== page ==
Tajik National Clothing

Tajik National Clothing

Tajik national clothing is an unmistakable symbol of Tajikistan culture which can still be seen today at national festivals, in museums and in the villages which dot the countryside. Local clothing is defined by myriads of bright colours, straight lines and a loose cut that hides the contours of the body.

While each region of Tajikistan has its own colour preferences and unique fabric patterns, the cut and style selection are the same throughout the country, consisting of tunic-like shirts and dresses, wide-legged trousers and robes. When wearing a head covering, men will generally don a skullcap or turban and women a scarf. Most clothes are made from cotton, silk or a Tajik fabric called alocha, which is striped, multi-coloured and made from a blend of cotton and silk.

Tajik Men's Clothing

Tajik national clothing for men consists of pants, a shirt, a chapan robe, belt and a turban or skullcap, with the quality of each article an indication of the man’s wealth and status. Today, the chapan is still worn by men at significant events such as weddings and funerals and may be presented as a gift on special occasions.

Various types of shirts are worn by men in Tajikistan, but they are usually all cut from one large piece of fabric. The Tajik shirt is wide and worn untucked, sometimes with a belt or scarf. Some of the most common types of shirts are the kurta, kiftaki and kuilak. Tajik trousers, called ishton or ezor, are wide legged but taper around the ankle.

According to Tajikistan custom, the belt worn by men was an indicator of status. Poor people wore a twisted scarf with modest embroidery called a miyonband, while the rich wore a kamarband, a velvet belt decorated with gold-threaded embroidery. The belts would also conveniently double as pockets.

The Tajik chapan is a striped and loose-fitting robe which is adorned with braids that run along the collar, sleeves and hem. Modern chapans are usually made of velvet, although in mountainous areas they are spun from wool. The winter version is quilted and padded.

When wearing both folk costumes and modern clothing, men in Tajikistan will sometimes don a skullcap or a turban, the latter of which is tied over the skullcap or a special kulokh hat. Local skullcaps come in two types: chusti, a dense black-and-white skullcap with various patterns, and knitted, coloured caps called arakhchin. In winter, Tajik men opt for warm and practical fur hats.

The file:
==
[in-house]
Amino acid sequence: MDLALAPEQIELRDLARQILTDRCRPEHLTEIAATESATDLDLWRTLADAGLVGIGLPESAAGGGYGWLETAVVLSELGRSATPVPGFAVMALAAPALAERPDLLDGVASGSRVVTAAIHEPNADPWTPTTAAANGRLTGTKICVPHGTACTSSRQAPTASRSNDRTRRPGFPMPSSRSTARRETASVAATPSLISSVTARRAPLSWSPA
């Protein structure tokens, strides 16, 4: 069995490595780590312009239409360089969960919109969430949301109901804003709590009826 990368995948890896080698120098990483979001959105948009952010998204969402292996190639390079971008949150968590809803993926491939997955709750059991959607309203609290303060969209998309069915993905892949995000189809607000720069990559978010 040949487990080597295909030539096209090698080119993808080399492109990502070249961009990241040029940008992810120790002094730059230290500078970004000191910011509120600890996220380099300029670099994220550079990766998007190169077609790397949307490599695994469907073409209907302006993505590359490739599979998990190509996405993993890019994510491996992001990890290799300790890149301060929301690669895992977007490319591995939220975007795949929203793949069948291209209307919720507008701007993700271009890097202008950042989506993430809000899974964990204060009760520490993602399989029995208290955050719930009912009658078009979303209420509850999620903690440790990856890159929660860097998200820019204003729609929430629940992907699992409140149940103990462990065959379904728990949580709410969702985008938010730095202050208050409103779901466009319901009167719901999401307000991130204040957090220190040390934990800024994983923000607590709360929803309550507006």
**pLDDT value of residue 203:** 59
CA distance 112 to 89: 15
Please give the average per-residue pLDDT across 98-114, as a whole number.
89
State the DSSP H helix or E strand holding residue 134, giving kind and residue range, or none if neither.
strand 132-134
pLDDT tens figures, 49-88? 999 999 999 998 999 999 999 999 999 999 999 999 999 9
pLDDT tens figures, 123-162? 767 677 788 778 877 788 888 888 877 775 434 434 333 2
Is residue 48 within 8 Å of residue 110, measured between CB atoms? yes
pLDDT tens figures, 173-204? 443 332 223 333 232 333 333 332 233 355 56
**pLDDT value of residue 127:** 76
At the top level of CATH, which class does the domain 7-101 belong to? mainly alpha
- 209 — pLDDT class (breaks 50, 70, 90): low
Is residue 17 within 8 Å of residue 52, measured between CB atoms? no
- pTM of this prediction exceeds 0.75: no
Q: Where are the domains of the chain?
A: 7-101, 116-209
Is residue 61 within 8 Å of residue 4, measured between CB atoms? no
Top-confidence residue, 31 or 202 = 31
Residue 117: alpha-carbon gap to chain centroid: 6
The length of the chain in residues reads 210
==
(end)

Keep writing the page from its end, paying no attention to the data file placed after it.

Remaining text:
Tajik Women's Clothing

Traditional Tajikistan women’s clothing consists of a dress, trousers, robe and a headdress, although in prior centuries a burqa was also obligatory. The decorative elements and method of tailoring each article was important, for this was used to reveal the woman’s social status.

Tajik dresses, called kurta, are long with embroidered, flared sleeves. The shape of the collar depended on the marital status of the woman: unmarried women wore dresses with a horizontal collar cut, and married women with a vertical cut. Although a white dress worn under the main dress served as an undergarment, the white collar had to be visible. Under the dress women still often wear wide trousers called ezor, lozimi, or poijoma.

Women sometimes wear a quilted outer robe called a tsoma, which is very similar to the men's chapan. A slightly lighter form of this robe is the munisak, which differs in cut and is made from silk.

Tajik women usually wear one of three variations of headdress: a turban, a hat or a lachak shawl, all three of which can be worn either separately or at the same time. Sometimes young girls also wear skullcaps.

Tajik Footwear

Footwear is an important element of Tajikistan’s national costume. The most common footwear for Tajiks are the soft makhsi boots which are worn together with kolosh. Ichigi boots are made of goat skin and valued for their durability, and as such they are also popular in the cities. In rural areas, people sometimes wear a high-heeled version of makhsi boots as well as wooden shoes called kafshi chubin. Kafshi Chubin look like a sophisticated version of European clogs, with the addition of two supporting heels close to the toe and one at the heel.

Today in Tajikistan, modern clothes which are stylized according to traditional culture are gaining popularity. For example, traditional Tajik accessories or classic wardrobe items such as the chapan or skullcap will be added to a 21st-century outfit. Although national clothing styles are subtly being transformed under the influence of global trends, Tajik national clothing will always remain a symbol of local culture.